Dictionary of Geotourism

2020 Edition
| Editors: Anze Chen, Young Ng, Erkuang Zhang, Mingzhong Tian

Great Wall Dislocation Relics

Reference work entry
DOI: https://doi.org/10.1007/978-981-13-2538-0_979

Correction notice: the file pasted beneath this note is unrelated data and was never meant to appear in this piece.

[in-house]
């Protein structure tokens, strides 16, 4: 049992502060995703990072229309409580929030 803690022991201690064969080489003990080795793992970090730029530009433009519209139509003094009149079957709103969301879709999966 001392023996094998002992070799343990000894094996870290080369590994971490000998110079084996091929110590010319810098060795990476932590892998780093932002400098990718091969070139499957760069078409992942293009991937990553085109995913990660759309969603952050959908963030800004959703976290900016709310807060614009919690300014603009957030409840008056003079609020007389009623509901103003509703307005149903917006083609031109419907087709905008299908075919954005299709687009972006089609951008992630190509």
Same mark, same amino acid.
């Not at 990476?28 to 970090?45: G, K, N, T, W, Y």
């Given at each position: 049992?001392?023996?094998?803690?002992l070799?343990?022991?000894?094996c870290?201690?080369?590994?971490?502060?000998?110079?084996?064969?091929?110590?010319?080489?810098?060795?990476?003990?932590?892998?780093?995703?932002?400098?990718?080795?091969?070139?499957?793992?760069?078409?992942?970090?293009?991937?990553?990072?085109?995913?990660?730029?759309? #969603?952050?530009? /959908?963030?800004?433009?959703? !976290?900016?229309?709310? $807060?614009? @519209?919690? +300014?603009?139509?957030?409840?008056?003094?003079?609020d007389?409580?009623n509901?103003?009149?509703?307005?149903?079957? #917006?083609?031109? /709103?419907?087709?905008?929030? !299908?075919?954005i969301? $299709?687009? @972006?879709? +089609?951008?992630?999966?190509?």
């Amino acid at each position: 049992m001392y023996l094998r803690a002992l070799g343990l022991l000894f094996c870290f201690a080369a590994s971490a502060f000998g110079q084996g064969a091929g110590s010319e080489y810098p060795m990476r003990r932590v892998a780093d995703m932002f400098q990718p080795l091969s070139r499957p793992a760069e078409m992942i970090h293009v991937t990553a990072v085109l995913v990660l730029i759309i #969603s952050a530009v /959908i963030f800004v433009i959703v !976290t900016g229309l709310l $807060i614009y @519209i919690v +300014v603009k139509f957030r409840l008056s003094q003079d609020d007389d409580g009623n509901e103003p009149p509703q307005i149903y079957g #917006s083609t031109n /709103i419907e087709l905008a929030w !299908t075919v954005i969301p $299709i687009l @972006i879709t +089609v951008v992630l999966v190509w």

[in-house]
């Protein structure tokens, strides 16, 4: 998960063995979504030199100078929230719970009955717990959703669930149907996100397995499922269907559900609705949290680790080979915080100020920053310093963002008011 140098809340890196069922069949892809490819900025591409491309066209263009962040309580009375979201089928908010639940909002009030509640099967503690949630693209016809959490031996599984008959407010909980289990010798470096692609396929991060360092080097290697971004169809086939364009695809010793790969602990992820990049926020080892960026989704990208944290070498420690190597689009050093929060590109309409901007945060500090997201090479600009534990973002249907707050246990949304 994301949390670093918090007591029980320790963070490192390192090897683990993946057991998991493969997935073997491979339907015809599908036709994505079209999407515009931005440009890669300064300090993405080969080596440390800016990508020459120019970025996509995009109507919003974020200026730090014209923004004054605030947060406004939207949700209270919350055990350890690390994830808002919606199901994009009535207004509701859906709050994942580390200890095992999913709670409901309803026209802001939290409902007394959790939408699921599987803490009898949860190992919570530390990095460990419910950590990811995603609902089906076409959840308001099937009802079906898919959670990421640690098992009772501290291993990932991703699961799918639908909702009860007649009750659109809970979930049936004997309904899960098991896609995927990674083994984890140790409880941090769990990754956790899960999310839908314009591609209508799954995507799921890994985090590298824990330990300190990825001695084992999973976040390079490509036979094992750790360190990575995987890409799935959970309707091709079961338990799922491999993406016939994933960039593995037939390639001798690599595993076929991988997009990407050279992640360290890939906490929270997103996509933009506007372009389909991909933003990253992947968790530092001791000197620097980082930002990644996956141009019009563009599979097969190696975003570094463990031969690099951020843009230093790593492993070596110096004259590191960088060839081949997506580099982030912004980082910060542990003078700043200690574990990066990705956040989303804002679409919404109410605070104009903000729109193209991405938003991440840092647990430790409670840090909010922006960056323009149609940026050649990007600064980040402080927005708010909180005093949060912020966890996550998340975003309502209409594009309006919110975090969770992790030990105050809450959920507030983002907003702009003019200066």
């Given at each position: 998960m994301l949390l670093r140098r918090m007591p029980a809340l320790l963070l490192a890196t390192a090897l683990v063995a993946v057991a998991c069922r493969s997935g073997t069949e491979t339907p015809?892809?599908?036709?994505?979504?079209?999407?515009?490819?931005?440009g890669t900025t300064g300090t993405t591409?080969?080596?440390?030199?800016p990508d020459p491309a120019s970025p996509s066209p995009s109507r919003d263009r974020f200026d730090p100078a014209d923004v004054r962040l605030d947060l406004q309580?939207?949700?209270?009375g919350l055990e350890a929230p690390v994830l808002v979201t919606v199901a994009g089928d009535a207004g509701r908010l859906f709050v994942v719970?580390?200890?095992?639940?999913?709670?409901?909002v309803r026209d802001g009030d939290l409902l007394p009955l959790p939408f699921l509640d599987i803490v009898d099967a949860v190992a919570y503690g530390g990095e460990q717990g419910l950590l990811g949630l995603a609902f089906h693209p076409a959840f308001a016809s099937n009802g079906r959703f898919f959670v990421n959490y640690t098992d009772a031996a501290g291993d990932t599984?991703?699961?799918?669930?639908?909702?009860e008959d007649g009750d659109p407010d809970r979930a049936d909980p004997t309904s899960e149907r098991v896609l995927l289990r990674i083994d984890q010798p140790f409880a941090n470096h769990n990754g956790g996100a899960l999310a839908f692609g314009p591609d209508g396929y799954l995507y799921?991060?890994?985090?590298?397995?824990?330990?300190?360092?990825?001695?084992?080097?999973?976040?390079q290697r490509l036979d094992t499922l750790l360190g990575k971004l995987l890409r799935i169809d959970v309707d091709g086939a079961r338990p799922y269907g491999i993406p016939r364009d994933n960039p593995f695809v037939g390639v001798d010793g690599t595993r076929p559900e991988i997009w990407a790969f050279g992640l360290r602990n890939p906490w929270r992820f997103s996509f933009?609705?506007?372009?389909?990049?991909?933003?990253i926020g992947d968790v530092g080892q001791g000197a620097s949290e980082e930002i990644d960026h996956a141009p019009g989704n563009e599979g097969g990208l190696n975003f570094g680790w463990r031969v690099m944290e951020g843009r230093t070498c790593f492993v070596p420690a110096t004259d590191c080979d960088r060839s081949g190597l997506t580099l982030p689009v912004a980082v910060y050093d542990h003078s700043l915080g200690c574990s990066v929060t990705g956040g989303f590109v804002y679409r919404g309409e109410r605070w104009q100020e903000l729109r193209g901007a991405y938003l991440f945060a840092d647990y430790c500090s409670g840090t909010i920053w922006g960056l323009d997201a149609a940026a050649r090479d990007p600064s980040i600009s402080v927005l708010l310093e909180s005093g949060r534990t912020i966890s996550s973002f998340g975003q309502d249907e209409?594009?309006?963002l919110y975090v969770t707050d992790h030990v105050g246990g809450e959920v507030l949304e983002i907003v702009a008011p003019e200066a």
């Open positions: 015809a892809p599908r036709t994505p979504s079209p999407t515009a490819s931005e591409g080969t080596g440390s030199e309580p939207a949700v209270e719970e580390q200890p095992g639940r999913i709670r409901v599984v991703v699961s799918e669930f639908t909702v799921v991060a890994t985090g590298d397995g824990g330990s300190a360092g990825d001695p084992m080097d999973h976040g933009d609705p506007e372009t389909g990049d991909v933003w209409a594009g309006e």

These are faults that have been formed due to earthquakes that took place near the Great Wall. According to seismic investigations, the 1739 magnitude 8 Pingluo-Yinchuan Earthquake caused seismic displacement on faults that damaged two sections of the Ming Dynasty’s Great Wall in Hong Guozhi Gou. The largest vertical displacement on the cracks in the wall was 1.5 m, and the dextral horizontal displacement was 1.45 m. In the mid-1980s, seismic geologists in China investigated the active faults and discovered that they were a branch of an active fault zone in the eastern foothills of the Helan Mountains. There are many other ruins along this fault zone associated with historical and prehistoric earthquakes. Dislocation features associated with the Great Wall were also found in Huangyaguan in Jixian County, Tianjin City. However, these relics were damaged by the repairs performed by the management groups to connect the broken sections of the Great Wall.

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